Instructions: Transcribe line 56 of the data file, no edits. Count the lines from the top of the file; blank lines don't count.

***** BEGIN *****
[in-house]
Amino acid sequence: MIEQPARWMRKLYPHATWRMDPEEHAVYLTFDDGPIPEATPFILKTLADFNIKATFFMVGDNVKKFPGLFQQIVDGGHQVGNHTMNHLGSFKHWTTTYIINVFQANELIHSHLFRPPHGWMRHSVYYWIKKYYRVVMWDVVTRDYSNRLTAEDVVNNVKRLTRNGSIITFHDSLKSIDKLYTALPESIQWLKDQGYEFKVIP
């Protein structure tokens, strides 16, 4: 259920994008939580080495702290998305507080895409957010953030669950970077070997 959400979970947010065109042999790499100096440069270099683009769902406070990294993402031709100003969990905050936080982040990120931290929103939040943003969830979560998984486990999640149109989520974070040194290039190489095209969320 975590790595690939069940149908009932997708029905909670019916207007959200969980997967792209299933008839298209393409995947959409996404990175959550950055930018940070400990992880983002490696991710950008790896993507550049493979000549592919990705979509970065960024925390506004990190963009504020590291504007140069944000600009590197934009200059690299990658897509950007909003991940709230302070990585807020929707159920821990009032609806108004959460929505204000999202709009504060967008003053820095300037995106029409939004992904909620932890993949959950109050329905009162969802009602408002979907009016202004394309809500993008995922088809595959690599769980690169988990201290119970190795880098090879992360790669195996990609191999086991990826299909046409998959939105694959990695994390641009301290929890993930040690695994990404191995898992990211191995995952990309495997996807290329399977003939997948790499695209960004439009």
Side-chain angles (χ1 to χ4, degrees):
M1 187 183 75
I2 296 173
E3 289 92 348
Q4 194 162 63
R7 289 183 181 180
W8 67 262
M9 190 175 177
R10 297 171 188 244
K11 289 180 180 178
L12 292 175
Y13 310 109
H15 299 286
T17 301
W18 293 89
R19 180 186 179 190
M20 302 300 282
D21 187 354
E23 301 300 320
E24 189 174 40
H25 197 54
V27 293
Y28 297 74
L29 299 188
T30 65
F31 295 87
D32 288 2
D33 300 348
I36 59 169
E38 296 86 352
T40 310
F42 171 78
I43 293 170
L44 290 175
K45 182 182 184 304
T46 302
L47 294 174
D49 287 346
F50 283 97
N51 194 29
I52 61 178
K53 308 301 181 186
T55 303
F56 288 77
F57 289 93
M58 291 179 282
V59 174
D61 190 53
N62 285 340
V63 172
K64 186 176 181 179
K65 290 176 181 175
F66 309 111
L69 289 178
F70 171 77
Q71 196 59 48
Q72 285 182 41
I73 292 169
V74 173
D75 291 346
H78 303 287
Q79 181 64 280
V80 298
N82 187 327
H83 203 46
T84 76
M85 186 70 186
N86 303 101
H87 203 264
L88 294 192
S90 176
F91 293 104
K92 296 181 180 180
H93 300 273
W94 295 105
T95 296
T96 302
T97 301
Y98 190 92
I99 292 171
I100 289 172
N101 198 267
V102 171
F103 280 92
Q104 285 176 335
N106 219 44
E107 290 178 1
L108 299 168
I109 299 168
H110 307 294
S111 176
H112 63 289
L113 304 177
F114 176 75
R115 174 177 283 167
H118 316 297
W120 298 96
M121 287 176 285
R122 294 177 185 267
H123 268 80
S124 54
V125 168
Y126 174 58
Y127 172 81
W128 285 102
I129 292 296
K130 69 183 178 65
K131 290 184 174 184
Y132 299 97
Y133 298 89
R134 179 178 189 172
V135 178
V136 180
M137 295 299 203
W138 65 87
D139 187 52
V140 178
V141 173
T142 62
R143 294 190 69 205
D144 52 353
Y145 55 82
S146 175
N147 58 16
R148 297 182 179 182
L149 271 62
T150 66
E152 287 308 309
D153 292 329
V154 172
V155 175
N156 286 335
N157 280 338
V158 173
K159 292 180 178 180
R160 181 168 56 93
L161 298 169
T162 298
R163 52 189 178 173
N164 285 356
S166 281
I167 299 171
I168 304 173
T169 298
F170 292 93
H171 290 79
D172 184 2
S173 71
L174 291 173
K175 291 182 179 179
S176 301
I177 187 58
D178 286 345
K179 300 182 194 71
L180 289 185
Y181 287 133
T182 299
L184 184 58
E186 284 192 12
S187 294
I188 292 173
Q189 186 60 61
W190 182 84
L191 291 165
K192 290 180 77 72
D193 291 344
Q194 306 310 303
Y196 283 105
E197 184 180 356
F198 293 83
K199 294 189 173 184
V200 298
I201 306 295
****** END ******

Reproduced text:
F66 309 111